Lyme disease is the fastest growing vector-borne illness in the US. It is an infectious disease caused by the bacteria Borrelia burgdorferi transmitted to humans by the bite of an infected blacklegged tick. Most infections are caused by the nymphal form of the tick. These immature ticks are the size of a small poppy seed, allowing them to easily escape discovery.
Tick infection rates vary considerably from one location to the next, even park-to-park within the same county, for reasons that are not yet explained. In addition to the Bb bacteria, ticks often carry other pathogens that cause co-infections such as Babesiosis or Ehrlichiosis in their human hosts which can complicate treatment.
Lyme disease has been on the rise and is expanding its geographic footprint. First discovered in Lyme, CT, Lyme disease has become increasingly common throughout the Northeast, north central midwest, and in the Western coastal states and has been reported in 49 of 50 states (Hawaii is the only exception). Lyme disease is not limited to the US — it has also been found in 65 countries worldwide.
Reported Cases of Lyme Disease
In its acute stages, Lyme is an uncomfortable but highly treatable disease. Undiagnosed, however, it becomes a devastatingly difficult illness that becomes increasingly hard to identify or to treat. Lyme is known as an “imitator” that mimics many other ailments. Once the infection disseminates and spreads into the nervous and muscular systems, the bacteria become harder to detect and less susceptible to antibiotic treatments. Patients with late stage or post treatment Lyme disease can suffer crippling joint and muscular pain, migraines, light or sound sensitivity, cognitive impairment, nausea, fatigue, and even heart or breathing issues.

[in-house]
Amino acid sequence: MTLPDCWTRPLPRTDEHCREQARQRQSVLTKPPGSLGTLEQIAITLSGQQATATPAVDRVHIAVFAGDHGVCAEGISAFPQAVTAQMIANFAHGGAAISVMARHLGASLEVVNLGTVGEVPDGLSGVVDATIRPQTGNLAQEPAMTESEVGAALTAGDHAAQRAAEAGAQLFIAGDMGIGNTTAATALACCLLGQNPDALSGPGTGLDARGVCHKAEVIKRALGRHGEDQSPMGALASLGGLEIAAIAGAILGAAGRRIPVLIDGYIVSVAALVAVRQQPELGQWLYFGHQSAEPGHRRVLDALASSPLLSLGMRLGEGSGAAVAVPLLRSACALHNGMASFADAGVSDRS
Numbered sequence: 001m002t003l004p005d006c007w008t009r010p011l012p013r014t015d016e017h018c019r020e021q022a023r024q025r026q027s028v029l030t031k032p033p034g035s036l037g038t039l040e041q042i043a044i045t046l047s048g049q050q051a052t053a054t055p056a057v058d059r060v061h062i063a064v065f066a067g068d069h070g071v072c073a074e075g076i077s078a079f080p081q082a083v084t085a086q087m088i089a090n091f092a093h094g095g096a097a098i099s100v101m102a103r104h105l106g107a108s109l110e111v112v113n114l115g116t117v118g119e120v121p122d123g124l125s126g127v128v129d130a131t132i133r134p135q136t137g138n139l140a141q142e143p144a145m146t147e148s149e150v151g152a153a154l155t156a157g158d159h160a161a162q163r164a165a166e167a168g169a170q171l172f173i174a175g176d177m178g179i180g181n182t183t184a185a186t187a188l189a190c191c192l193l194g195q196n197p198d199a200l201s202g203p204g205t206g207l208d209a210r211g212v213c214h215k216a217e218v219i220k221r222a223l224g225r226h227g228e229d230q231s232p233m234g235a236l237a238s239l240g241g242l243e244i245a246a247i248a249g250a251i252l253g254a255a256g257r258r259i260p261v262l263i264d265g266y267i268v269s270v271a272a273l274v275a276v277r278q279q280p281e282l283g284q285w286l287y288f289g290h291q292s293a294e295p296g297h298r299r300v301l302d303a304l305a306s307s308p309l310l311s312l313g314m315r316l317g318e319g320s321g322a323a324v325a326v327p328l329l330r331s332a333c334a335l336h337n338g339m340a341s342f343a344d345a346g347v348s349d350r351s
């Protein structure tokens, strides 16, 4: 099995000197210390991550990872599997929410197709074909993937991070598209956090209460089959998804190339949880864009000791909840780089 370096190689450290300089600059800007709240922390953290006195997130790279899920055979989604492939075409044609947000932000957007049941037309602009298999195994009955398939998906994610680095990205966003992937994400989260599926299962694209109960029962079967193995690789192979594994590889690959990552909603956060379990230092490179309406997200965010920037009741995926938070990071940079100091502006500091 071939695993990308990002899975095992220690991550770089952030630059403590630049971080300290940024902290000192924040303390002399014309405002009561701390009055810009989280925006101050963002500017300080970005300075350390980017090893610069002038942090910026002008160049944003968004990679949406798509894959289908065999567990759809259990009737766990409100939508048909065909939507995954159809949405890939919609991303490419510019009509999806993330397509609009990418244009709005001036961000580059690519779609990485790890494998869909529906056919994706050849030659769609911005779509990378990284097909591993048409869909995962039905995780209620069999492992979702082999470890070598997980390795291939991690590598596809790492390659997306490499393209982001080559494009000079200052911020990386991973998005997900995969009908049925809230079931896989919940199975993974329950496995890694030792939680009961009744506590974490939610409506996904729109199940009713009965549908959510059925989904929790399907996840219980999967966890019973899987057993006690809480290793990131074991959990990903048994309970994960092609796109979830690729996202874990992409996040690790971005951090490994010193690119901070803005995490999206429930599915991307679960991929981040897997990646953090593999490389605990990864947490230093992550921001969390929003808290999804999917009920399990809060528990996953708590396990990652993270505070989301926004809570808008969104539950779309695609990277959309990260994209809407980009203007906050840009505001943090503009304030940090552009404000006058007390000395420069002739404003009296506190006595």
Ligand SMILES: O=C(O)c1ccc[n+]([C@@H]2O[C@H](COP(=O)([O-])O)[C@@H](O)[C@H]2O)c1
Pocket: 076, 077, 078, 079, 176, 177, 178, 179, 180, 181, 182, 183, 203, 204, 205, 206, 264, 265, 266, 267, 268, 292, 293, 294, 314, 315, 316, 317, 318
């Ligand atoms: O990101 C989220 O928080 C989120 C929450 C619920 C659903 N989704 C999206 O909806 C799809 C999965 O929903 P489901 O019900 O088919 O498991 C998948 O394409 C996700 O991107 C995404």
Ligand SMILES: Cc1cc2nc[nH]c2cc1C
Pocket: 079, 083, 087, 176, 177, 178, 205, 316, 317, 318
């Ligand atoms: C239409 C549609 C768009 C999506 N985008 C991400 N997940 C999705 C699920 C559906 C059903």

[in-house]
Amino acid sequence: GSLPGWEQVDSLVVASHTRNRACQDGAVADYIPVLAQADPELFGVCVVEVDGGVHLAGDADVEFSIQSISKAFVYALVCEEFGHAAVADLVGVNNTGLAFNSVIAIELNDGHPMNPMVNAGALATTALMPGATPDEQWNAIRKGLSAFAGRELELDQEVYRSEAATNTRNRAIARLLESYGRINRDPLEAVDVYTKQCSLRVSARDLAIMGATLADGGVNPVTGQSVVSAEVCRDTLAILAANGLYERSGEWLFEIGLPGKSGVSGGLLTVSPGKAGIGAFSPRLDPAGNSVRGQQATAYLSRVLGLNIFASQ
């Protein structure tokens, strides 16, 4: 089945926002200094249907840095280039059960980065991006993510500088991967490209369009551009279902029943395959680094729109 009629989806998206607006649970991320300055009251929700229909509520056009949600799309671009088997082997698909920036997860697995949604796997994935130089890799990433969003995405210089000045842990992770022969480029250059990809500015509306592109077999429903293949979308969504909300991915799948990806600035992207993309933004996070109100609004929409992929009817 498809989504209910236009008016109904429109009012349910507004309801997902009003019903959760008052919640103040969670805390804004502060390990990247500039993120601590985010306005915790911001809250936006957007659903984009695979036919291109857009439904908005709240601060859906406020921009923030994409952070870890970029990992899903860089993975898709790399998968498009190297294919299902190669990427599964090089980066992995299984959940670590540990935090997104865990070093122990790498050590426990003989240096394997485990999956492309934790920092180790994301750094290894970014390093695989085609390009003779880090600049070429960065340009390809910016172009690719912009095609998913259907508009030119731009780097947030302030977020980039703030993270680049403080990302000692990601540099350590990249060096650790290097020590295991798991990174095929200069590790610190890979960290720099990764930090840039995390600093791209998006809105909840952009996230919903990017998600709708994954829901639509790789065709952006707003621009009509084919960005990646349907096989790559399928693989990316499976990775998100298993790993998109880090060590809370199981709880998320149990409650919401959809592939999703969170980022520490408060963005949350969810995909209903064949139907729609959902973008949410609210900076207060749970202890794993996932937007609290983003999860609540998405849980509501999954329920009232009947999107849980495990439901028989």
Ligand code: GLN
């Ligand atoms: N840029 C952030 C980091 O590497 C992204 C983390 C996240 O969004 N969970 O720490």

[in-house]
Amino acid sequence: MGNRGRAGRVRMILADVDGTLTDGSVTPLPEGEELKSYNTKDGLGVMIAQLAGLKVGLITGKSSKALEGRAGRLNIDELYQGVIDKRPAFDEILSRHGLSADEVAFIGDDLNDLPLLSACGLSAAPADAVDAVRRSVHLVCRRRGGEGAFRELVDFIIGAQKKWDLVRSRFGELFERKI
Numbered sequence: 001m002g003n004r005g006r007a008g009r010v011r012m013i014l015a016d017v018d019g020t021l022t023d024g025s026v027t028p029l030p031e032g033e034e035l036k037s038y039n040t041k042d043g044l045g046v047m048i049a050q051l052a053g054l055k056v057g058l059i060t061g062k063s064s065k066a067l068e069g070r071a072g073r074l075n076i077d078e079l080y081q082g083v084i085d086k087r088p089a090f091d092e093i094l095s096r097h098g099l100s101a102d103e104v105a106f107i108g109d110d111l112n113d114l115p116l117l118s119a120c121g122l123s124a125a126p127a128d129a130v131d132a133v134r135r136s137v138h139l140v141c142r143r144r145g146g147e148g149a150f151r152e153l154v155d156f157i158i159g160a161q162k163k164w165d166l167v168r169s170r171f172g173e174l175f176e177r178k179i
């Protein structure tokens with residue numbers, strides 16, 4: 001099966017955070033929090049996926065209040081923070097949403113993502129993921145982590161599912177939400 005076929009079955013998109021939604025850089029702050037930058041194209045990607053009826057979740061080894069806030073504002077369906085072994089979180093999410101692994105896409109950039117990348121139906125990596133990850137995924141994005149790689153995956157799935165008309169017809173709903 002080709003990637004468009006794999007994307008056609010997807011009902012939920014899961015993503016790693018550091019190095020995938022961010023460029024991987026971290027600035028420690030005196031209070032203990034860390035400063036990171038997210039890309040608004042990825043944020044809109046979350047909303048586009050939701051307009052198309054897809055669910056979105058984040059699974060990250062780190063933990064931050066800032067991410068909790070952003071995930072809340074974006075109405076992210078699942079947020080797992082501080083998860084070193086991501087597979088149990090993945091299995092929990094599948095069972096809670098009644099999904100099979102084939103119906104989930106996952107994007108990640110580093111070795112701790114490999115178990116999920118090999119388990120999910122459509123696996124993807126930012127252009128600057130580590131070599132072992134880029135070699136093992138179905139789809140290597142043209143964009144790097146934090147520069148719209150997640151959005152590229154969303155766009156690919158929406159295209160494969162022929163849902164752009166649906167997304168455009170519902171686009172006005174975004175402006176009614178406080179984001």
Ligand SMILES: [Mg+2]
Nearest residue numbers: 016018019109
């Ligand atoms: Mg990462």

Long ignored and mired in controversy, Lyme disease is significantly underfunded relative to other comparable and less common illnesses like West Nile or even HIV. With 329,000 new cases every year and a rapidly-expanding geographic scope, Lyme is an important public health issue.
Prevention is and must be the first line of defense against this disease. Most people outside of a few endemic regions, are highly unaware of the nature and reach of Lyme disease … and the need to protect themselves with a few steps of precaution.
Next are reliable diagnostics and novel treatments that can bring relief to those suffering with Lyme. With powerful new technologies like transcriptome profiling and next generation sequencing, and innovative therapeutic approaches such as biofilm busters and combination therapies dialing up antibiotic virulency, there is hope and the potential for real solutions.
Lyme is a frustrating and debilitating disease but it is a problem we can solve.